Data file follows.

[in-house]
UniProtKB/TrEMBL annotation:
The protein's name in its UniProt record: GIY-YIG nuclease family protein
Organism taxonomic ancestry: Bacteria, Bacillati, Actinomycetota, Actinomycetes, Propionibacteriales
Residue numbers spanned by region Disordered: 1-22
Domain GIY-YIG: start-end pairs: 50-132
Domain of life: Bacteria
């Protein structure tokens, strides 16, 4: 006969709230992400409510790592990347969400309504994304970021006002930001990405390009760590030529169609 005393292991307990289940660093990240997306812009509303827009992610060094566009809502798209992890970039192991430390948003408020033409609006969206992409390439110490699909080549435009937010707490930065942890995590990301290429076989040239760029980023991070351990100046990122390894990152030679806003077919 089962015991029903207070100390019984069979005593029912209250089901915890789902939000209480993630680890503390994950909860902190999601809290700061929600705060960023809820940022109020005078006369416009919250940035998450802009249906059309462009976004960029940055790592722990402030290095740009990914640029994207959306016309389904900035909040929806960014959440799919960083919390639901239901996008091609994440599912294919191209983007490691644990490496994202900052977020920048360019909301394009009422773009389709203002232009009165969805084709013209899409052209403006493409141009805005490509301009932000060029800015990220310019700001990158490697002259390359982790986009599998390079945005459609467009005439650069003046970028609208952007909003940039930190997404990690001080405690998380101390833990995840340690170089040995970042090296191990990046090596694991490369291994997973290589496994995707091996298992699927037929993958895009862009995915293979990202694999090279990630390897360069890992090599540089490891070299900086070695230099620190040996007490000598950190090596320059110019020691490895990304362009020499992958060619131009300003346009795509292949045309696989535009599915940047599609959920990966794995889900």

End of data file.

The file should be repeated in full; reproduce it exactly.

[in-house]
UniProtKB/TrEMBL annotation:
The protein's name in its UniProt record: GIY-YIG nuclease family protein
Organism taxonomic ancestry: Bacteria, Bacillati, Actinomycetota, Actinomycetes, Propionibacteriales
Residue numbers spanned by region Disordered: 1-22
Domain GIY-YIG: start-end pairs: 50-132
Domain of life: Bacteria
């Protein structure tokens, strides 16, 4: 006969709230992400409510790592990347969400309504994304970021006002930001990405390009760590030529169609 005393292991307990289940660093990240997306812009509303827009992610060094566009809502798209992890970039192991430390948003408020033409609006969206992409390439110490699909080549435009937010707490930065942890995590990301290429076989040239760029980023991070351990100046990122390894990152030679806003077919 089962015991029903207070100390019984069979005593029912209250089901915890789902939000209480993630680890503390994950909860902190999601809290700061929600705060960023809820940022109020005078006369416009919250940035998450802009249906059309462009976004960029940055790592722990402030290095740009990914640029994207959306016309389904900035909040929806960014959440799919960083919390639901239901996008091609994440599912294919191209983007490691644990490496994202900052977020920048360019909301394009009422773009389709203002232009009165969805084709013209899409052209403006493409141009805005490509301009932000060029800015990220310019700001990158490697002259390359982790986009599998390079945005459609467009005439650069003046970028609208952007909003940039930190997404990690001080405690998380101390833990995840340690170089040995970042090296191990990046090596694991490369291994997973290589496994995707091996298992699927037929993958895009862009995915293979990202694999090279990630390897360069890992090599540089490891070299900086070695230099620190040996007490000598950190090596320059110019020691490895990304362009020499992958060619131009300003346009795509292949045309696989535009599915940047599609959920990966794995889900």